Many more sprayer operators will spend less time rinsing pesticide containers following the installation of a new can wash nozzle in the industry’s most popular sprayer filling device.
Hypro EU ProClean nozzle
The ProClean nozzle produced by Hypro EU at its Longstanton factory near Cambridge has already won praise from sprayer operators given early production models to try for its speed, thoroughness and water economy.
Now, Watson & Brookman, which supplies most of the induction hoppers fitted to new British-built crop sprayers, has decided to install the device as standard.
“It’s an impressive design and definitely an advance in several respects on previous nozzles of this type,” says Tim Watson. “It’s stronger and more durable, so should be more reliable in service, and it certainly appears to be very effective at shifting the most stubborn chemical residues in a pesticide container.”
The need for an improved rinsing nozzle was first flagged up by sprayer operators who felt that ‘triple rinsing’ pesticide containers took too long and used too much of a sprayer’s limited clean water supply.
“We discovered that some operators can spend a minute or more rinsing out each container,” explains Roger James, Hypro EU product manager. “With as many as 20 containers needed to fill a big sprayer, the rinsing process significantly reduces the amount of time available for actually spraying.”
Studies to determine the water flow, pressure, distribution and impact needed to clean the inside of a pesticide container faster and more effectively led to the new ProClean design. This purpose-built water-driven rotating nozzle has different-shaped outlets around the head to produce the cleaning effect required and ensure water is sent into all the nooks and crannies – around the neck and any handle moulding, for example.
“Comparative tests with other nozzles cleaning a 5-litre container showed the ProClean doing the job in half the time, using up to half the amount of water,” says Roger James. “It also works well on all container sizes, which means operators can rinse containers thoroughly and spend more of their time spraying.”
Watson & Brookman’s seal of approval is based on the build and technical characteristics of the ProClean design.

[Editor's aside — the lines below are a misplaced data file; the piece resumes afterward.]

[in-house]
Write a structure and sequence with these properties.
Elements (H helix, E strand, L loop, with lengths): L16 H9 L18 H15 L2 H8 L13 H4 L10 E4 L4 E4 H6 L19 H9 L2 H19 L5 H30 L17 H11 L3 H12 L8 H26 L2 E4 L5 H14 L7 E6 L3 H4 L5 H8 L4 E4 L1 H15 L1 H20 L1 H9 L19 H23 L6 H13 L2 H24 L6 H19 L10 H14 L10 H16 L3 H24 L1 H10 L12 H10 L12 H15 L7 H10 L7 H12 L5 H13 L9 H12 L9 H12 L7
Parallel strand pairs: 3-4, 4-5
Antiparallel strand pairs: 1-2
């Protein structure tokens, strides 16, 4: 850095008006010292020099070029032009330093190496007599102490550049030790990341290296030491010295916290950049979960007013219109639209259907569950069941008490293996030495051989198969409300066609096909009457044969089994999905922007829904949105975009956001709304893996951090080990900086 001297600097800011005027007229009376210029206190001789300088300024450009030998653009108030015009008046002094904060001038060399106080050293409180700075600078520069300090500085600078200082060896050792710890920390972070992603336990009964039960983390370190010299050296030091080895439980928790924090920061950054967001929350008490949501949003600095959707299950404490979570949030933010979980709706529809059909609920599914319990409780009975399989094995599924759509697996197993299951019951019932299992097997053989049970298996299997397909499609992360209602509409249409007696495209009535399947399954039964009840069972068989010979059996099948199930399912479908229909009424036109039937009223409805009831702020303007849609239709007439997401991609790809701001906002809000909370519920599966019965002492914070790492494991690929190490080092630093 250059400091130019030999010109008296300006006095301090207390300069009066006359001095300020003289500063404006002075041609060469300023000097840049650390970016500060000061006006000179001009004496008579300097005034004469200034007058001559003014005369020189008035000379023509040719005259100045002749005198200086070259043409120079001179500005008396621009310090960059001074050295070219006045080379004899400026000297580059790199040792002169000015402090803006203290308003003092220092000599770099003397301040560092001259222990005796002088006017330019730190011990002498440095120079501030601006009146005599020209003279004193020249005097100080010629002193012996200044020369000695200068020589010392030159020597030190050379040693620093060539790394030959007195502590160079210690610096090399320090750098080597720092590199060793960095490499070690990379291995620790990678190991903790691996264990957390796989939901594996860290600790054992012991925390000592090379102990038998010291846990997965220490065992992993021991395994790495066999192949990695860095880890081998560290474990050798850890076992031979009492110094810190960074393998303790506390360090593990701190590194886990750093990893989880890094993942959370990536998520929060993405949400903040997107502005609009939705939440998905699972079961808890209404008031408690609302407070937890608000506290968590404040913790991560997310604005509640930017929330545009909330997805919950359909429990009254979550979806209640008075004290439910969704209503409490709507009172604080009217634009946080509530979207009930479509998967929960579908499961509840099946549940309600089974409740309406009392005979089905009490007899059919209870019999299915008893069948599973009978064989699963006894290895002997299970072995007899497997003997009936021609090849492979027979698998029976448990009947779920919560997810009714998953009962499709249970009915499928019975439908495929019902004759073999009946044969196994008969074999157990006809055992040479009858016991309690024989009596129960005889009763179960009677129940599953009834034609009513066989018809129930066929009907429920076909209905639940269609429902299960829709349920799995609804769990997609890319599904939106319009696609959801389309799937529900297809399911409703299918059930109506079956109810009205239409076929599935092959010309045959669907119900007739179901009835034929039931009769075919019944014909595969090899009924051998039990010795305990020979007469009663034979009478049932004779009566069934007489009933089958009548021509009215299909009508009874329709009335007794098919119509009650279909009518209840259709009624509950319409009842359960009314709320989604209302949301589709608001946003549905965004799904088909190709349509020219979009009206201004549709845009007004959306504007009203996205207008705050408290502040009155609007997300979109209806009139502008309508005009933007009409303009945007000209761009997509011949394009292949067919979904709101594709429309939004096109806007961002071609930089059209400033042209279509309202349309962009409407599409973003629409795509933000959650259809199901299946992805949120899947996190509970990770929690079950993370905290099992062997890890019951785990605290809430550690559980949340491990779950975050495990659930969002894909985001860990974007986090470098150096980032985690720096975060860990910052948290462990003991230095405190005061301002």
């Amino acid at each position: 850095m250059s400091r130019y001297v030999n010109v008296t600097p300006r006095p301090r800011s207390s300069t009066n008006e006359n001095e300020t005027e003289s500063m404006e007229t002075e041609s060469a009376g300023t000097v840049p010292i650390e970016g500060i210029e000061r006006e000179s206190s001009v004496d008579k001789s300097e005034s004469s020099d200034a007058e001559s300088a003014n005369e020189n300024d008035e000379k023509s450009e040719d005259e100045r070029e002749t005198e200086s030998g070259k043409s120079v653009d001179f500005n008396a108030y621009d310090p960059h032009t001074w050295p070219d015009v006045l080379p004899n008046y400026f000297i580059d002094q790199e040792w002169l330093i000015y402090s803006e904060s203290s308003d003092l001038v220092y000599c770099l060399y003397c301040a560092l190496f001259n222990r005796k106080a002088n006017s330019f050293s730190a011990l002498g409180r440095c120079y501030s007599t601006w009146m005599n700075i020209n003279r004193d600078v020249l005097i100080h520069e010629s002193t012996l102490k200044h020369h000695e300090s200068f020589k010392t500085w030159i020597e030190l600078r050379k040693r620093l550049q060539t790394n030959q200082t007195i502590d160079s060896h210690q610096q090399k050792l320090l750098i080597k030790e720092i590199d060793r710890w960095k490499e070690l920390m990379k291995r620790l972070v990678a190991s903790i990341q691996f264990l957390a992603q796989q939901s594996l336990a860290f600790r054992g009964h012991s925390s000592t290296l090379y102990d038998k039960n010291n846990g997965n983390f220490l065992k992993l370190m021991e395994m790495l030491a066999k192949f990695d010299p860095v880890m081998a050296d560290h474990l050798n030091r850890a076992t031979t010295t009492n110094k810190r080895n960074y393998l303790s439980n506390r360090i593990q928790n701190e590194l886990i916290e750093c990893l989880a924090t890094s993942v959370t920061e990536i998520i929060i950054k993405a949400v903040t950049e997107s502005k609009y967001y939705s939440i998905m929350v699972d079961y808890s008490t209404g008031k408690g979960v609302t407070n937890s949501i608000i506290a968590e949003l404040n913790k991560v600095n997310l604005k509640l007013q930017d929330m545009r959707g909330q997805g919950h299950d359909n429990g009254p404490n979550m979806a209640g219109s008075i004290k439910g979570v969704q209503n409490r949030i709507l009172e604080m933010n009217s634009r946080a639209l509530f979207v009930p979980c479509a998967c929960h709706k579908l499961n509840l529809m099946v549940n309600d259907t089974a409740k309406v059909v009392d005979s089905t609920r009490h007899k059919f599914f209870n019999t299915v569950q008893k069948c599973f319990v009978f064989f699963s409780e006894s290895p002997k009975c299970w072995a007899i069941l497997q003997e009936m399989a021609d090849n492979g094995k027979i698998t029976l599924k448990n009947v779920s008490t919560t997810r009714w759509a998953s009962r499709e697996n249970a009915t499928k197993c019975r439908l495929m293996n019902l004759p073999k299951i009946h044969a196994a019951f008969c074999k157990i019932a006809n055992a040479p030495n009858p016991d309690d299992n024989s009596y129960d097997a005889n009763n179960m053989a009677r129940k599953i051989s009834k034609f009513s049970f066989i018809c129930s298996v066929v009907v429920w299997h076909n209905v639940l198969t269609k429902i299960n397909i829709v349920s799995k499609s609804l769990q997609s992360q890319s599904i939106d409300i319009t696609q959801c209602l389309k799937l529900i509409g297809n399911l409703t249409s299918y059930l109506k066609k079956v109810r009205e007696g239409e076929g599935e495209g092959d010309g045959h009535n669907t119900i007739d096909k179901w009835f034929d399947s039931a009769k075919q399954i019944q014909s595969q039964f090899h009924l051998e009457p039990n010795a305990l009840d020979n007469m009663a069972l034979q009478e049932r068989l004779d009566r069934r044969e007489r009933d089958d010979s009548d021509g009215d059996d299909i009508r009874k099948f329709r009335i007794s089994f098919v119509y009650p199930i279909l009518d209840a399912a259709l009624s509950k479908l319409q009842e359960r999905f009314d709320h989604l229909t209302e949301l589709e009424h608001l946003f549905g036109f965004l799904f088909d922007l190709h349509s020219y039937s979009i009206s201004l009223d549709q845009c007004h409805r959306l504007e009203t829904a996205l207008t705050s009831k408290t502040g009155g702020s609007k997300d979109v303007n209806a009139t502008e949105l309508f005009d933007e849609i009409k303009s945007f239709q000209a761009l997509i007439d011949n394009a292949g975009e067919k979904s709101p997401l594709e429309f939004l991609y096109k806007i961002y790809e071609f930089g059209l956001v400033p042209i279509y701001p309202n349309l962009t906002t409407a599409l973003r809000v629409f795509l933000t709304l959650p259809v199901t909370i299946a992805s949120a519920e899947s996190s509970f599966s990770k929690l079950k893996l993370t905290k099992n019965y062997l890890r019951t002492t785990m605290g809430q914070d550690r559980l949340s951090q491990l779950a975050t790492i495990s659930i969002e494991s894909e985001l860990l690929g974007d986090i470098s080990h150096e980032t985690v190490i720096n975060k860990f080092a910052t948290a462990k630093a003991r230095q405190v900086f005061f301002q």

“We wanted a more durable nozzle to give longer, more reliable service and one that would continue to work even when subjected to high water pressure,” says Clive Brookman. “The ProClean meets those criteria and more – we’ve supplied probably 300 nozzles in our chemical induction hoppers and haven’t had a single one back.”
The ProClean’s strong spindle will allow Watson & Brookman to develop a new feature for its chemical induction hopper – a spiked lid that can be used as a container drip tray.
“Operators will be able to close the lid and rinse the underside simply by pushing it down on the nozzle to open the can wash valve,” explains Mr Brookman. “That’s not possible with previous nozzles we’ve used.”
In the meantime, sprayer operators can replace worn, damaged or outmoded chemical induction hoppers with one of Watson & Brookman’s 15-litre, 25-litre or 35-litre stainless steel units and get the same chemical filling and container rinsing efficiencies as operators with a new sprayer.
“Replacing an induction hopper isn’t a difficult job as long as we’re given full details of the current installation and plumbing layout,” says Tim Watson. “Then we can supply a new one, complete with the ProClean nozzle, with the correct inlet/outlet configuration and advise on water pressures, etc.”
Operators with any make of serviceable induction hopper can also improve container rinsing performance by switching to the Hypro ProClean. Its ½in BSP thread fits many existing can wash valve couplings and thread adaptors and push rings are available if needed. The ProClean nozzle retails for £30.42 from sprayer accessory dealers.
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